This is not consistent with the less severe clinical phenotype of WA-1ΔORF3a/b. A possible explanation for the upregulation, rather than the expected downregulation, of these cytokines could be their association with tissue repair, which occurs earlier in these mice due to faster virus clearance.
Adipoq is another upregulated gene in these mice and is associated with adiponectin, a hormone that sensitizes tissues to insulin activity. Lower levels of adiponectin are associated with severe respiratory failure in COVID-19.
Spike variants introduced into a WA-1 backbone were found to have no significant change in their replication, but viral load, as measured by viral titer in the supernatant at 72 hours, was lower with the variant. advanced Gamma compared to the Gamma A variant.
No differences were found in weight loss, viral load, or brain titer for the other two spike variants on WA-1, compared to true variants, in K18-hACE2 mice. However, with BALB/c mice, the Beta spike-WA1 strain produced an attenuated phenotype compared to the Beta variant, while with the Alpha spike-WA1 strain, lung viral titer increased at day 2 without any difference. of weight loss.
In both mouse strains, the greatest difference was observed with the Gamma spike-WA1 variant compared to the Gamma variant, with the former exhibiting a more severe phenotype in terms of weight loss and lung titers than the Gamma variant. In K18-hACE2 mice, there was a trend for higher brain viral titers and higher RNA concentrations, below significance.
Lung cytokines and chemokines also showed differences on days 2 and 4, again more significantly in the Gamma spike-WA1 strain compared to the Gamma strain. Neutrophil recruitment genes were the most affected, with CXCL5 showing the greatest increase in expression. Interestingly, this gene is a major neutrophil attractant in COVID-19 and is implicated as a cause of inflammation.
Genes like thpok and I15 were down-regulated. Since these lead to CD4+ T cell differentiation, this finding may indicate that the WA-1 spikeless genes inhibited this pathway and that this inhibition is lost with the full-fledged Gamma variant.
The latter also shows a loss of interferon antagonism, mediated by spikeless genes, since Gamma-infected mice had higher levels of interferon-gamma in the lungs than Gamma-spike-WA1 mice. This goes against the higher lung titers observed in the latter. However, this difference resolved by day 4.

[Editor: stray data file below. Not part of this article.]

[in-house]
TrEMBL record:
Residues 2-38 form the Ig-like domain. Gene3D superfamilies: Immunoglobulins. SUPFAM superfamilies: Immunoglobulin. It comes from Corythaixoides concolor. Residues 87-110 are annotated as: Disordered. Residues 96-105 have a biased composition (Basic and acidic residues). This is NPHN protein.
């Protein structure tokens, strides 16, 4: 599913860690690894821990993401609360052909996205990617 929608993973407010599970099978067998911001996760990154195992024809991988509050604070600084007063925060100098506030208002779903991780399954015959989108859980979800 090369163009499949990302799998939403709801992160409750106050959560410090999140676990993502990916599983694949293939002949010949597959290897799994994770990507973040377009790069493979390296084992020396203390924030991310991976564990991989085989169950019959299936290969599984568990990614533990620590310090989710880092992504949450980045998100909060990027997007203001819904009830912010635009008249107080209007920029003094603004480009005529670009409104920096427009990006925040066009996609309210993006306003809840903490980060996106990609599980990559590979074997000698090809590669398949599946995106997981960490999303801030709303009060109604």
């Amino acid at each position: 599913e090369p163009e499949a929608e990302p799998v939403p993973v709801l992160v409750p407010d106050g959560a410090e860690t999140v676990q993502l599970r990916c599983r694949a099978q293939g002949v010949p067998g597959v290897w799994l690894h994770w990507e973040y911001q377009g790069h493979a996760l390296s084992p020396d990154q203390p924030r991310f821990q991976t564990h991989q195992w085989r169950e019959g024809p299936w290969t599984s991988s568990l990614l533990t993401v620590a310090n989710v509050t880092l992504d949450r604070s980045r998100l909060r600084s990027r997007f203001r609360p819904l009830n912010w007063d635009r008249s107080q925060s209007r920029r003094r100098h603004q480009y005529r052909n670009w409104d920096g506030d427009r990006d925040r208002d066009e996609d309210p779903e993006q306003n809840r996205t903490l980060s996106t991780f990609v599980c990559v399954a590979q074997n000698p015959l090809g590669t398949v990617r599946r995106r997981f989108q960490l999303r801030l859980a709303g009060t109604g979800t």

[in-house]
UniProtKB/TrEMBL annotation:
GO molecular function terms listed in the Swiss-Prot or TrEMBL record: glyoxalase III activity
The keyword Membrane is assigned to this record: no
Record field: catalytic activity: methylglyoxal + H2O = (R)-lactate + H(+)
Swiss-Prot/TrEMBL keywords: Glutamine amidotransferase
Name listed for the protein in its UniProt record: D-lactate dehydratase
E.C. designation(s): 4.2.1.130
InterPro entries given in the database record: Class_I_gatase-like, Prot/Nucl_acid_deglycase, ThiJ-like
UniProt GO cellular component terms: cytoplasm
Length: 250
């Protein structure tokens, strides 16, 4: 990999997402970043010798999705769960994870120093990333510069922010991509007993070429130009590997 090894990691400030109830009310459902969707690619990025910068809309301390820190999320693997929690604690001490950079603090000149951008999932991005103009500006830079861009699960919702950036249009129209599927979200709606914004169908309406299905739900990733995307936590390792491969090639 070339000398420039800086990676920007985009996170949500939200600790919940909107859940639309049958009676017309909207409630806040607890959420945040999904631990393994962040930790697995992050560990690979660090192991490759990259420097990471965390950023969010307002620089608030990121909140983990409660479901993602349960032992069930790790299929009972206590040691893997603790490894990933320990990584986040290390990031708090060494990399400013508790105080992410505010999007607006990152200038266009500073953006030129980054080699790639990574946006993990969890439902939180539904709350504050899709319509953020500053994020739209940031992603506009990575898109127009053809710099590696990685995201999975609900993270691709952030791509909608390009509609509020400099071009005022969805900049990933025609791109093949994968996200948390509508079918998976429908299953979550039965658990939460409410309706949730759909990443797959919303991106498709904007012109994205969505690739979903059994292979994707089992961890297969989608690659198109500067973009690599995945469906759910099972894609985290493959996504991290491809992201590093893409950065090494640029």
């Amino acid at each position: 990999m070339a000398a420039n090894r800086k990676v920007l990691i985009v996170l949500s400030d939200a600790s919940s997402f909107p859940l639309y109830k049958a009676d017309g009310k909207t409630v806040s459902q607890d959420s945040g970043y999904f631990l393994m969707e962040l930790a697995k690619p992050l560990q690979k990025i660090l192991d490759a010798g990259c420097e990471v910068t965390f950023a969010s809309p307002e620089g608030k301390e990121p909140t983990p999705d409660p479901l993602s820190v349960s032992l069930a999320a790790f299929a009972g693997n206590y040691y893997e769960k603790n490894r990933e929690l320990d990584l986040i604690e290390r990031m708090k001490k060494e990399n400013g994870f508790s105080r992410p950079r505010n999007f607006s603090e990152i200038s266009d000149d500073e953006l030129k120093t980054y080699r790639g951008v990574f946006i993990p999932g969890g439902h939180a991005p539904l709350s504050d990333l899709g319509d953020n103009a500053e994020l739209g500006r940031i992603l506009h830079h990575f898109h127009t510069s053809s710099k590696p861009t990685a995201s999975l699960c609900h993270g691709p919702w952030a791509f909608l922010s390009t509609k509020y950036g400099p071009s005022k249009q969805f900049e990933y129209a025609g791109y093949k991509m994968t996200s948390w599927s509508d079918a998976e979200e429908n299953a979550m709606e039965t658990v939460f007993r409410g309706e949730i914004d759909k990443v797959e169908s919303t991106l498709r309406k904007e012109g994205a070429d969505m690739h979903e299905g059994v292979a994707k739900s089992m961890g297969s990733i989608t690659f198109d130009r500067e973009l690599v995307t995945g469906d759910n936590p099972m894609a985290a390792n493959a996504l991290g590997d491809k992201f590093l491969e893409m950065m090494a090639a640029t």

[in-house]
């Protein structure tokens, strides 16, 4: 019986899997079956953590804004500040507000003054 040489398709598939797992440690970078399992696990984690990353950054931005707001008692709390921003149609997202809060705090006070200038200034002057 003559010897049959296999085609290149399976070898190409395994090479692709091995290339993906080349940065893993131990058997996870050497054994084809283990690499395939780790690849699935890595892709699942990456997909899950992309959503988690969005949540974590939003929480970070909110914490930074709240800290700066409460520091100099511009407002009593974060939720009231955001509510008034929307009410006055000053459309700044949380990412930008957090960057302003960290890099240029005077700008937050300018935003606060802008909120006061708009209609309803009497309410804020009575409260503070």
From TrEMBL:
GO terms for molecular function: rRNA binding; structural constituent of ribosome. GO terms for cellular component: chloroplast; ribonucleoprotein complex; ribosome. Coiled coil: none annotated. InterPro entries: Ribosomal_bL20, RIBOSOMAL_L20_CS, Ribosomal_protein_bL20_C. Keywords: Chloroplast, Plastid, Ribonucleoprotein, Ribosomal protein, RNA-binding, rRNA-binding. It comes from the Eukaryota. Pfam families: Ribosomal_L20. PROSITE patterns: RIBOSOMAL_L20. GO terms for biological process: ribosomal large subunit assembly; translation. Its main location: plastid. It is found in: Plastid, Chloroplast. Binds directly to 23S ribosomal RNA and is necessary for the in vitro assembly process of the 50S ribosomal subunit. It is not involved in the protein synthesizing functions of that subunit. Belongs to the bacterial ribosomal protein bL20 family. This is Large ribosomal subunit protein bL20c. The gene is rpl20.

What are the implications?
“This work demonstrates that ORF3a/b play an important role in the pathogenesis and host responses to SARS-CoV-2.” Thus, mutations in the accessory proteins of the viral variants, and in particular ORF3a, seem to contribute to the pathogenesis of COVID-19 with the variants. Both the beta and gamma variants had ORF3a mutations, and these continue to be found in newer variants, indicating their importance for replicative fitness and transmissibility.
“We interpret these data to suggest that mutations outside the peak may underlie critical phenotypes of SARS-CoV-2 infection and disease..” In other words, spike mutations often increase ACE2 binding affinity, increasing viral entry into cells and immune evasion. Conversely, accessory mutations reduce clinical severity, allowing for prolonged replication and increased viral transmission.
Together, this can ensure that the virus continues to adapt with better replicative fitness, transmissibility and pathogenicity.
bioRxiv publishes preliminary scientific reports that are not peer-reviewed and, therefore, should not be considered conclusive, guide clinical practice/health-related behaviors, or treated as established information.